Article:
By PIUS MON
THE ONLY all girls secondary school in the Western Highlands province has been forced to close for an indefinite period after landowners demanded hefty compensation for the use of water.
Notre Dame Secondary school, a Catholic agency school was closed by the Archbishop Young of Mt. Hagen, this week after a round table discussion with the landowners and concerned education authorities in the province.
Landowners from the vicinity of the secondary school have demanded for compensation from the school for the use of a water well in the last 42 years.
The main water valve has been turned off two weeks ago, leaving the school and other facilities in the area without water posing a health hazard for the students and staff.
Bishop Young said the Church was providing essential service to that part of the province and if people could not appreciate the tremendous contributions the church was giving them then it was better for him to withdraw the services.
He says compensation will be the last resort but in the meantime the church and education authorities in the province will work around the clock to seek other avenues to fix the problem.
Bishop Young added that they had to close the school and send the 700 plus students home, adding that there was no water into the school and this has posed a health hazard for both the students and the staff.
Bishop Young said the only way to let the government listen to this problem was to withdraw such services, adding that the Catholic Church, as partners in development, does not have any money to meet the compensation demand.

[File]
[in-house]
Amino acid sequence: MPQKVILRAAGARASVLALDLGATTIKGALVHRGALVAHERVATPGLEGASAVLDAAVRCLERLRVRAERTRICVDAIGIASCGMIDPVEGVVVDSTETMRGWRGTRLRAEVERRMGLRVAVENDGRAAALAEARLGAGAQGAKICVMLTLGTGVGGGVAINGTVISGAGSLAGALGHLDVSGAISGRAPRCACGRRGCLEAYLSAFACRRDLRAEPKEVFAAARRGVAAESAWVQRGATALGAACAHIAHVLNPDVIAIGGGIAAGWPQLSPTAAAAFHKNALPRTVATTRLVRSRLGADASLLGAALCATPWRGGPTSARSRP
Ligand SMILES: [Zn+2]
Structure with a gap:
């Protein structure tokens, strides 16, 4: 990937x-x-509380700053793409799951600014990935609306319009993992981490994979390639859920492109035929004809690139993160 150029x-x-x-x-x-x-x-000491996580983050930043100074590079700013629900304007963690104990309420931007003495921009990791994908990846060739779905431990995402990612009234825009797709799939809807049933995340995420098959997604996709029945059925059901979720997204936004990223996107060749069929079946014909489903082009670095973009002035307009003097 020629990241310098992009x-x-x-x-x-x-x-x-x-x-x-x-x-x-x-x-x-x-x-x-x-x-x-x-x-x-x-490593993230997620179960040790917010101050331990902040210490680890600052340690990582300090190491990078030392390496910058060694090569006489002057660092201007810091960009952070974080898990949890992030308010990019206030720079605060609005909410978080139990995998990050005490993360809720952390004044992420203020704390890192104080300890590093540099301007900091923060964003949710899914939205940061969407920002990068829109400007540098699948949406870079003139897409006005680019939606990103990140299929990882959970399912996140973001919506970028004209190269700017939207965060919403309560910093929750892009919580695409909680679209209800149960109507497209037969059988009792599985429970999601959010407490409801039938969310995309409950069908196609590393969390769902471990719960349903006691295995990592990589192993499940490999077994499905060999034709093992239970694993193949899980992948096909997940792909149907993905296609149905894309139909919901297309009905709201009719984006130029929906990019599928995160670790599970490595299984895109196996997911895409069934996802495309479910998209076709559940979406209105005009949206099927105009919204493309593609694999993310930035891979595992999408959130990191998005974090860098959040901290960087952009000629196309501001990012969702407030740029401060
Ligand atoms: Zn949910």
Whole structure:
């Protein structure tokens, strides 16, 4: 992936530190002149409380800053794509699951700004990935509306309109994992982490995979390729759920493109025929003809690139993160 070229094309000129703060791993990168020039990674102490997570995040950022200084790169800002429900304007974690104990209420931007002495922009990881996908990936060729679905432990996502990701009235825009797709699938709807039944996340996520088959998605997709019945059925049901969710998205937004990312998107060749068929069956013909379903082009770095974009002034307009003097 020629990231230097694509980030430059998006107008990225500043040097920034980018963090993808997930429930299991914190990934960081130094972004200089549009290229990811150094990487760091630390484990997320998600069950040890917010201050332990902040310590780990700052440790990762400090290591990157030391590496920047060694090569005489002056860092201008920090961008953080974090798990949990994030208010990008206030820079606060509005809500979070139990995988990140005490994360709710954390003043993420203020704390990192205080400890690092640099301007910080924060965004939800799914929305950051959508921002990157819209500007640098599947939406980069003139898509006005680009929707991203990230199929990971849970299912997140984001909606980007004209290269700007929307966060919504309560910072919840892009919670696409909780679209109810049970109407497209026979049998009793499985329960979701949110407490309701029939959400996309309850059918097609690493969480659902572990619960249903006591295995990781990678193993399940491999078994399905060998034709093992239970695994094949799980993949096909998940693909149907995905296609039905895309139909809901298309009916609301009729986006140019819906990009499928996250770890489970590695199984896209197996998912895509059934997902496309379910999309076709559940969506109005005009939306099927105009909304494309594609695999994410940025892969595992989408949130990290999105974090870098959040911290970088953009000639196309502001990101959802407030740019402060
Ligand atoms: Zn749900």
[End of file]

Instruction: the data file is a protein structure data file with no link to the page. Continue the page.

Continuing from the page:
The downhearted bishop also said that other facilities such as a primary school, a health clinic and an elementary school were also closed down as they all come under the Catholic agency and are all affected by the situation.
Meanwhile, the assistant secretary for Education Division, Mr. Hans Gima expressed dissatisfaction over the way landowners have taken up the matter with the school administration and the agency.
A frustrated Mr Gima said students have a right to education and such action by disgruntled landowners will now affect the future of the innocent students.
He also acknowledge the partnership role that churches play in providing basic services such as education, health and others in remote areas where the government cannot reach, adding that the education department supports the move in the closure of the school while they work on other options to settle the matter.
Mr. Gima urged the staff to remain in the school premises while the situation is dealt with by authorities concerned until some solutions are reached.